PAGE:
HP Business Critical Systems
Marketing Program Manager
Making Choices to Move On
Alvina Nishimoto has been tracking choices for HP 3000
customers a long time. Not anywhere nearly as long as her time at HP;
Nishimoto, whos been in charge of the technical marketing for
HPs 3000 transition programs since 2002, started with
Hewlett-Packard as a programmer analyst, straight out of college, in
1978. The first 15 years of her HP service came in the companys
applications development group, improving the Materials Management II
and Financial Management apps, But Nishimoto moved out of the labs
and into more direct customer contact during the 1990s, becoming the
best-informed source of tools for the 3000s growing
Tools remain at the heart of her work with the 3000
customers, a group that has often relied on third parties to provide
the means to move data. Now that HP has practiced a few years of
advocating movement away from the platform, Nishimoto is often the
messenger carrying news of trade-in offers, investment protection
plans and stories about companies who choose to step away from the
platform. Shes still talking about choices, but now those
choices are HPs alternatives to the 3000.
Nishimoto has been honored by HP and the 3000 community
for her work with customers. In 2001 she won the
Entrepreneurial/Business Achievement Award from The HP Womens
Conference, one of just four HP female employees so honored that
year. With the advent of a new Transition Tools program and the end
of HP 3000 system sales, we made a date to talk with Nishimoto at a
venue where shes been a fixture of late: an HP user group
conference. We spoke with her at last months regional Greater
Houston RUG meeting.
Whats the motivation for creating this new
Transition Tools program?
Some of it is the customers asked for this, and some
of it is that sales ended on Oct. 31, and this is a follow-up program
thats more geared to the transition.
Which kinds of tools qualify for the program? Can other
ISVs get their products eligible?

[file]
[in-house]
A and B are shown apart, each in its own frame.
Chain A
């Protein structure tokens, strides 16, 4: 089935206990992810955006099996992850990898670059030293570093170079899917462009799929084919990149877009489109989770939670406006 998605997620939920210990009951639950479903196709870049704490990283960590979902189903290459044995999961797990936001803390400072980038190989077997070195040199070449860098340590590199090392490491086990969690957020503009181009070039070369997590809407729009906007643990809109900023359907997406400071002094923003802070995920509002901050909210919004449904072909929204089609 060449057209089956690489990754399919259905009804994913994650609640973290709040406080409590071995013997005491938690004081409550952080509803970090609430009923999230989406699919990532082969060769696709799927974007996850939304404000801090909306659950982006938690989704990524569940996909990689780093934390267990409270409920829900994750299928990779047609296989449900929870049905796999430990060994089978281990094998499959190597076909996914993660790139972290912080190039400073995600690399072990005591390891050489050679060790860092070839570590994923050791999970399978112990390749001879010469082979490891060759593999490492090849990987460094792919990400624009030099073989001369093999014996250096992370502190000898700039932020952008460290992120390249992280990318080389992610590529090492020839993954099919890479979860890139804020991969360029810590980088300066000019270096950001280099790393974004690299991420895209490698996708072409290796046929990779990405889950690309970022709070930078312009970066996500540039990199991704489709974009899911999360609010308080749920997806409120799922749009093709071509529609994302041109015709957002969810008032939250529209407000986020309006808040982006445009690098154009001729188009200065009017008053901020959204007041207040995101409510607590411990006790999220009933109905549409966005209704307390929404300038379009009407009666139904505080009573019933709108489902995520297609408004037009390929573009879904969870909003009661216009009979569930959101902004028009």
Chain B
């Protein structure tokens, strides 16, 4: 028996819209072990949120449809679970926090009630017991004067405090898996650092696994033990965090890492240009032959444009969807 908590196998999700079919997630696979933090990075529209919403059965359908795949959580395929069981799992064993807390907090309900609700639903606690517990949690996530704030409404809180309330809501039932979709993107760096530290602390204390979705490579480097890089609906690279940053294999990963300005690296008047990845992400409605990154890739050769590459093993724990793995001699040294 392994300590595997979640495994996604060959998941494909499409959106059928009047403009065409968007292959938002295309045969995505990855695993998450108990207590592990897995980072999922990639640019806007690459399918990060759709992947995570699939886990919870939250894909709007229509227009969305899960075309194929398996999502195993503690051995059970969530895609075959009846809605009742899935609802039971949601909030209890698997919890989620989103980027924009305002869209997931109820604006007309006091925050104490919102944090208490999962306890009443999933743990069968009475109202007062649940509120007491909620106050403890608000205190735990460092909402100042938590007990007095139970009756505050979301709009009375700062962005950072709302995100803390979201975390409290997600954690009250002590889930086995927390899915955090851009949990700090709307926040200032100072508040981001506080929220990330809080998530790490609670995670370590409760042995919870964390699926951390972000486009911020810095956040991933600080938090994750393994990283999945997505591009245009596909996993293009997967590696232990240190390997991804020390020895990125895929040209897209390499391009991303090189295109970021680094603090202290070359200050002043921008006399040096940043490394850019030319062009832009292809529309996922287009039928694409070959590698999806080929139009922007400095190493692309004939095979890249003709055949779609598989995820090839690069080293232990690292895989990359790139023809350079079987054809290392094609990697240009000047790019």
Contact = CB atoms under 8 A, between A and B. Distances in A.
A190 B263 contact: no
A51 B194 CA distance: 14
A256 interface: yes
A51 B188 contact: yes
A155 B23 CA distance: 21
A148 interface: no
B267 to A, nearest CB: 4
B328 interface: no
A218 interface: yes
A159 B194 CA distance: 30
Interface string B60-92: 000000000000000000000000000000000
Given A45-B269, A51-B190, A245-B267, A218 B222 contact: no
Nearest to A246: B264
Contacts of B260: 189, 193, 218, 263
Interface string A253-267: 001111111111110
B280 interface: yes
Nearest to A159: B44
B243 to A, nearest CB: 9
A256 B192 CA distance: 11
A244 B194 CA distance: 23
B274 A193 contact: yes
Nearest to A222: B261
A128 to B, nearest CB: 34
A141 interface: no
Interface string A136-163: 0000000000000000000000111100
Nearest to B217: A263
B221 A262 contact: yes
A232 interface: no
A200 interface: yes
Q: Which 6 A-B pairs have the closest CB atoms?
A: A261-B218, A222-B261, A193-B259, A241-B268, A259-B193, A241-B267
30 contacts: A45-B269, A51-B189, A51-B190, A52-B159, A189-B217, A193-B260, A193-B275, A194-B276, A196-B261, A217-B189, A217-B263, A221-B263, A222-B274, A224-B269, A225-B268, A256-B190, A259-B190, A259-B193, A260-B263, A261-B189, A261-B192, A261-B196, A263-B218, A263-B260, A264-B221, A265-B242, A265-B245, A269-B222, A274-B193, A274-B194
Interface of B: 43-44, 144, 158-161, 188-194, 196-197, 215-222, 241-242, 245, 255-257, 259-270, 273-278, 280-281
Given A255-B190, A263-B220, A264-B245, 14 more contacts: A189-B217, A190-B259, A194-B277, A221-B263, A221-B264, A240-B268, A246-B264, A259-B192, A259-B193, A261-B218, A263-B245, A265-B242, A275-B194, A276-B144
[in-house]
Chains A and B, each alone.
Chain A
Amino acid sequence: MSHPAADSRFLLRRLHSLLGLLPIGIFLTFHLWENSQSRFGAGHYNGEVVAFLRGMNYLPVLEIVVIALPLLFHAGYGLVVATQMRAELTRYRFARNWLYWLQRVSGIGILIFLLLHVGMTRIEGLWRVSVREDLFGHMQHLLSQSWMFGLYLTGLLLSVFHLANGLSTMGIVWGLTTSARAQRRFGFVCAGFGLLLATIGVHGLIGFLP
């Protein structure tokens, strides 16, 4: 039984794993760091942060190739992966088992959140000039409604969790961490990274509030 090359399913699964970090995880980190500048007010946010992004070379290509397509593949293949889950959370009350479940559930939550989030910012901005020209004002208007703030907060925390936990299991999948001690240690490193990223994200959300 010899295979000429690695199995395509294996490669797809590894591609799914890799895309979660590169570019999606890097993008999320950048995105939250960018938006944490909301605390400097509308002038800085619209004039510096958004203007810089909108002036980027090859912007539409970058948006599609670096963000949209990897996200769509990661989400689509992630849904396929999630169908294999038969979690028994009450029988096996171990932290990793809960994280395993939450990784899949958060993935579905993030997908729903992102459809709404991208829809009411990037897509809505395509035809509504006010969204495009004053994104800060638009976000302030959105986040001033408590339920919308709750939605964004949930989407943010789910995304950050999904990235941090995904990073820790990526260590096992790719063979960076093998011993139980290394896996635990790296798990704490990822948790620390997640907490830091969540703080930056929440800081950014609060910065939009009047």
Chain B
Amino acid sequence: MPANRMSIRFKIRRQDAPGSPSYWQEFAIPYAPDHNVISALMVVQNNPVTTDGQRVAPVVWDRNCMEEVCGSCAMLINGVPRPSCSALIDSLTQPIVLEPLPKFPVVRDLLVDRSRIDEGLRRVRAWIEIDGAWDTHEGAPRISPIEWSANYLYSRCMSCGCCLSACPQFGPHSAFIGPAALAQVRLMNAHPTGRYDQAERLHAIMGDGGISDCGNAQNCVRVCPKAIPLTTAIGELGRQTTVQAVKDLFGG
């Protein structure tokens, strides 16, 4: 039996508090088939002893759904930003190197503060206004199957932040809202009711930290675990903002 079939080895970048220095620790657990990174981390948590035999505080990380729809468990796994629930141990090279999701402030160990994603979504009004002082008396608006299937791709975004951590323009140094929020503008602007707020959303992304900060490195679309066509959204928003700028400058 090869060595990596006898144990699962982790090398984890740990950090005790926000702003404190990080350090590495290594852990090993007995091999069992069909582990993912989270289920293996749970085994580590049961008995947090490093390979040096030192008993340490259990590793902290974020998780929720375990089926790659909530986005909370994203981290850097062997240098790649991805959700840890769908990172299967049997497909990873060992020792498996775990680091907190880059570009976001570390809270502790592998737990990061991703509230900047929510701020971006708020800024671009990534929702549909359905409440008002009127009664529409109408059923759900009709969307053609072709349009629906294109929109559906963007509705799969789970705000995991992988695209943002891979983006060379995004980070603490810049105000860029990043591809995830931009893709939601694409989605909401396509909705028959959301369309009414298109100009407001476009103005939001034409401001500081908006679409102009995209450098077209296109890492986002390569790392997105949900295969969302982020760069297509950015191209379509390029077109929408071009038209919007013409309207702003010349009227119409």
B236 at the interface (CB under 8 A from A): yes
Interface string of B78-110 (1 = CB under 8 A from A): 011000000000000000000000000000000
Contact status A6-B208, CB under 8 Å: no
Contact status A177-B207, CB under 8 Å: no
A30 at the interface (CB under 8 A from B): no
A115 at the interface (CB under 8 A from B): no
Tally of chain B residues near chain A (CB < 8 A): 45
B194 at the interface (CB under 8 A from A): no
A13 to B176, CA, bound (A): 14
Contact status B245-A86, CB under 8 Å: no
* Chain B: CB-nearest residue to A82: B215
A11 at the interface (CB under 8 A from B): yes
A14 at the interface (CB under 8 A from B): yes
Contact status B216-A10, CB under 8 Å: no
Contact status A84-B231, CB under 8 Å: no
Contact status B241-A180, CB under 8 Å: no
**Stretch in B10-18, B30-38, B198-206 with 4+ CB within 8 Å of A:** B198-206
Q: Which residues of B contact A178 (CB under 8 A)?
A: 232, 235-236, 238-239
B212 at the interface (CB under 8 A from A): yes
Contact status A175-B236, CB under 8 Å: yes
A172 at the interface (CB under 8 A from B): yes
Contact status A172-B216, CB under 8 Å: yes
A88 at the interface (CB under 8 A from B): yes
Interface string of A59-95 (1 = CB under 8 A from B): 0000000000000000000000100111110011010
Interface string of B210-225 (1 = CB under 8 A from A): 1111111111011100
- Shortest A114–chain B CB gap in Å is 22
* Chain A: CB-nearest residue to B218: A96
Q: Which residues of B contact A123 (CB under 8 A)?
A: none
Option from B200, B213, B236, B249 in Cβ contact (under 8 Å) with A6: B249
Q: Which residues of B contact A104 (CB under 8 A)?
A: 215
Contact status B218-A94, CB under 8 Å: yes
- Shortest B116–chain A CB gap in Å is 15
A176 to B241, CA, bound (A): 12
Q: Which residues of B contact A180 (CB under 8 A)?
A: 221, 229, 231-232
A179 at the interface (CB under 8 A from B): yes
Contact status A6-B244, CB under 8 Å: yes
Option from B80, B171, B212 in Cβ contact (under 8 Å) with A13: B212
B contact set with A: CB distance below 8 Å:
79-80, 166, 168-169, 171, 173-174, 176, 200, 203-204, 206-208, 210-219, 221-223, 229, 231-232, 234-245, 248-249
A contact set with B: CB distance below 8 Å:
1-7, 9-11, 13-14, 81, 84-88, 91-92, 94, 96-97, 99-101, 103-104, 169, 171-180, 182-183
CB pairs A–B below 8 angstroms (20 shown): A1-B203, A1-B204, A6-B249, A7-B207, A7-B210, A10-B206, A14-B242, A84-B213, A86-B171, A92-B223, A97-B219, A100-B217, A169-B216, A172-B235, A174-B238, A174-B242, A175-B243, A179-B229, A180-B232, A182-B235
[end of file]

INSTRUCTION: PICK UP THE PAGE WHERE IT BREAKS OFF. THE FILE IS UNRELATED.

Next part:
Were willing to consider that, but were
going to wait another six months because we went through a Request
For Proposal process for this, and that takes a bit of overhead. The
main qualification is that you have to have a business relationship
or reseller agreement with all four Platinum migration partners.
So customers have to work through a Platinum partner then,
to get their free tools?
We issue a coupon to the customer, and the partner
verifies that it is a valid coupon. You have to request a tool within
60 days of the purchase of the HP server. You need to have purchased
the server, but you dont need to have received it.
What kinds of spots will be open in another six months for
the program? Are you limiting the offers to one tool for each unique
We didnt really go after establishing unique
positions for the tools this time. The main criterion was having a
relationship with all the Platinum partners.
What are the plans for HPs North American Transition
Center for 2004?
It still exists, and its doing programs like
this Tools coupon. We continue to meet and evaluate where the
customers are. It hasnt really changed that dramatically, but
it concerns all the platforms from HP, not just the 3000.
So there are other HP platforms facing a transition?
Alpha (Tru64 UNIX) is one. We are borrowing a lot of